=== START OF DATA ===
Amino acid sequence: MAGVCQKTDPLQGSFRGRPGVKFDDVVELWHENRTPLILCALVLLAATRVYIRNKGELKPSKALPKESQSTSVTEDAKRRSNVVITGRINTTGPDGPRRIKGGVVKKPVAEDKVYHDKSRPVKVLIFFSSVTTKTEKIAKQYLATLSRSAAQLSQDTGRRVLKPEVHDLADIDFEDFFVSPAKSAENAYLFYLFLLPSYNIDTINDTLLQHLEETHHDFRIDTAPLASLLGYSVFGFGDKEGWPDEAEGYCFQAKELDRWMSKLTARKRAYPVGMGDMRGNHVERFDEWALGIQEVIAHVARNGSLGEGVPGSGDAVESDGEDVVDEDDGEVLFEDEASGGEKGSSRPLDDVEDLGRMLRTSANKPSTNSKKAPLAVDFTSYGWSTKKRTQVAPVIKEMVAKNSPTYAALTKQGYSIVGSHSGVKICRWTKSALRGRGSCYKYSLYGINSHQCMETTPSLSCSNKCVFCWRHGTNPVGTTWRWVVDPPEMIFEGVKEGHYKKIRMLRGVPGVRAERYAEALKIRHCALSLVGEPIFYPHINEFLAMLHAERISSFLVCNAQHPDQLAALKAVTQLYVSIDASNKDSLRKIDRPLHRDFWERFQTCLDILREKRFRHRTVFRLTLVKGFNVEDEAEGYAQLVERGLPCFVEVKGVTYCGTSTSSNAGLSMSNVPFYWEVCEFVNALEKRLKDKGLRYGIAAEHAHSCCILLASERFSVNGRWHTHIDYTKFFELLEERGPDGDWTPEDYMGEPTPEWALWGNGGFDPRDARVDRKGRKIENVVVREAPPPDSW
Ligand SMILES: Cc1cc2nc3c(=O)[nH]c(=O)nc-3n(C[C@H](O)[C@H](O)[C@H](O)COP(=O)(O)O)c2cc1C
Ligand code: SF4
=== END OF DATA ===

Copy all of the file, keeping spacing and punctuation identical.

Amino acid sequence: MAGVCQKTDPLQGSFRGRPGVKFDDVVELWHENRTPLILCALVLLAATRVYIRNKGELKPSKALPKESQSTSVTEDAKRRSNVVITGRINTTGPDGPRRIKGGVVKKPVAEDKVYHDKSRPVKVLIFFSSVTTKTEKIAKQYLATLSRSAAQLSQDTGRRVLKPEVHDLADIDFEDFFVSPAKSAENAYLFYLFLLPSYNIDTINDTLLQHLEETHHDFRIDTAPLASLLGYSVFGFGDKEGWPDEAEGYCFQAKELDRWMSKLTARKRAYPVGMGDMRGNHVERFDEWALGIQEVIAHVARNGSLGEGVPGSGDAVESDGEDVVDEDDGEVLFEDEASGGEKGSSRPLDDVEDLGRMLRTSANKPSTNSKKAPLAVDFTSYGWSTKKRTQVAPVIKEMVAKNSPTYAALTKQGYSIVGSHSGVKICRWTKSALRGRGSCYKYSLYGINSHQCMETTPSLSCSNKCVFCWRHGTNPVGTTWRWVVDPPEMIFEGVKEGHYKKIRMLRGVPGVRAERYAEALKIRHCALSLVGEPIFYPHINEFLAMLHAERISSFLVCNAQHPDQLAALKAVTQLYVSIDASNKDSLRKIDRPLHRDFWERFQTCLDILREKRFRHRTVFRLTLVKGFNVEDEAEGYAQLVERGLPCFVEVKGVTYCGTSTSSNAGLSMSNVPFYWEVCEFVNALEKRLKDKGLRYGIAAEHAHSCCILLASERFSVNGRWHTHIDYTKFFELLEERGPDGDWTPEDYMGEPTPEWALWGNGGFDPRDARVDRKGRKIENVVVREAPPPDSW
Ligand SMILES: Cc1cc2nc3c(=O)[nH]c(=O)nc-3n(C[C@H](O)[C@H](O)[C@H](O)COP(=O)(O)O)c2cc1C
Ligand code: SF4